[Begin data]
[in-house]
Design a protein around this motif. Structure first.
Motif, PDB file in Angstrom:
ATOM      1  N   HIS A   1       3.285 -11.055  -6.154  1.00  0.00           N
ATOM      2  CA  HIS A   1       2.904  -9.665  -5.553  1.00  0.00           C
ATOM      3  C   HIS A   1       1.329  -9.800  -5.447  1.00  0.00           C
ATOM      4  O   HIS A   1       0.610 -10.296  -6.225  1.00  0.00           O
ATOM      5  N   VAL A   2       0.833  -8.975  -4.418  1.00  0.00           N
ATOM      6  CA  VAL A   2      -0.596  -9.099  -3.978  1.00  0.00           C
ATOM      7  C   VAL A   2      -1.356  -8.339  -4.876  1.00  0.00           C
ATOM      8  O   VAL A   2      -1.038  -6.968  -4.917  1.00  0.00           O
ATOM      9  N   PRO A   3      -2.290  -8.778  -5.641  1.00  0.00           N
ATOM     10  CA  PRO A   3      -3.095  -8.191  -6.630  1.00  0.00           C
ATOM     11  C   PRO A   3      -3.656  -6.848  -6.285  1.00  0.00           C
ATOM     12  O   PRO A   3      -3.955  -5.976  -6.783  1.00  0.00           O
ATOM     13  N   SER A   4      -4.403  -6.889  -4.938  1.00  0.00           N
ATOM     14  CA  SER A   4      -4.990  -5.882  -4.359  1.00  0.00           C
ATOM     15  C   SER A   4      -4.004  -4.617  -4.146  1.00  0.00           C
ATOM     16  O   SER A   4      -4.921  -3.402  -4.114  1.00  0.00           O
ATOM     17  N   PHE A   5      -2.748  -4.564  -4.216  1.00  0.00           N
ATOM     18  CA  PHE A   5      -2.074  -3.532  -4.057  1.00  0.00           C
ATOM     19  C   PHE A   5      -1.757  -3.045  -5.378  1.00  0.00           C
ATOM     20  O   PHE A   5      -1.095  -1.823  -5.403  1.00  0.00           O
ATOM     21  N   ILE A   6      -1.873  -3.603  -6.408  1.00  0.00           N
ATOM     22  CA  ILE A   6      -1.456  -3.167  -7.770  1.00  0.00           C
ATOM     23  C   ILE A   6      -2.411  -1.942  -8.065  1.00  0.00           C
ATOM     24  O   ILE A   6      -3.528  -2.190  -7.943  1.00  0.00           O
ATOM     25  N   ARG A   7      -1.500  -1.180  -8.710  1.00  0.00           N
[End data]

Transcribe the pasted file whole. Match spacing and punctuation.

[in-house]
Design a protein around this motif. Structure first.
Motif, PDB file in Angstrom:
ATOM      1  N   HIS A   1       3.285 -11.055  -6.154  1.00  0.00           N
ATOM      2  CA  HIS A   1       2.904  -9.665  -5.553  1.00  0.00           C
ATOM      3  C   HIS A   1       1.329  -9.800  -5.447  1.00  0.00           C
ATOM      4  O   HIS A   1       0.610 -10.296  -6.225  1.00  0.00           O
ATOM      5  N   VAL A   2       0.833  -8.975  -4.418  1.00  0.00           N
ATOM      6  CA  VAL A   2      -0.596  -9.099  -3.978  1.00  0.00           C
ATOM      7  C   VAL A   2      -1.356  -8.339  -4.876  1.00  0.00           C
ATOM      8  O   VAL A   2      -1.038  -6.968  -4.917  1.00  0.00           O
ATOM      9  N   PRO A   3      -2.290  -8.778  -5.641  1.00  0.00           N
ATOM     10  CA  PRO A   3      -3.095  -8.191  -6.630  1.00  0.00           C
ATOM     11  C   PRO A   3      -3.656  -6.848  -6.285  1.00  0.00           C
ATOM     12  O   PRO A   3      -3.955  -5.976  -6.783  1.00  0.00           O
ATOM     13  N   SER A   4      -4.403  -6.889  -4.938  1.00  0.00           N
ATOM     14  CA  SER A   4      -4.990  -5.882  -4.359  1.00  0.00           C
ATOM     15  C   SER A   4      -4.004  -4.617  -4.146  1.00  0.00           C
ATOM     16  O   SER A   4      -4.921  -3.402  -4.114  1.00  0.00           O
ATOM     17  N   PHE A   5      -2.748  -4.564  -4.216  1.00  0.00           N
ATOM     18  CA  PHE A   5      -2.074  -3.532  -4.057  1.00  0.00           C
ATOM     19  C   PHE A   5      -1.757  -3.045  -5.378  1.00  0.00           C
ATOM     20  O   PHE A   5      -1.095  -1.823  -5.403  1.00  0.00           O
ATOM     21  N   ILE A   6      -1.873  -3.603  -6.408  1.00  0.00           N
ATOM     22  CA  ILE A   6      -1.456  -3.167  -7.770  1.00  0.00           C
ATOM     23  C   ILE A   6      -2.411  -1.942  -8.065  1.00  0.00           C
ATOM     24  O   ILE A   6      -3.528  -2.190  -7.943  1.00  0.00           O
ATOM     25  N   ARG A   7      -1.500  -1.180  -8.710  1.00  0.00           N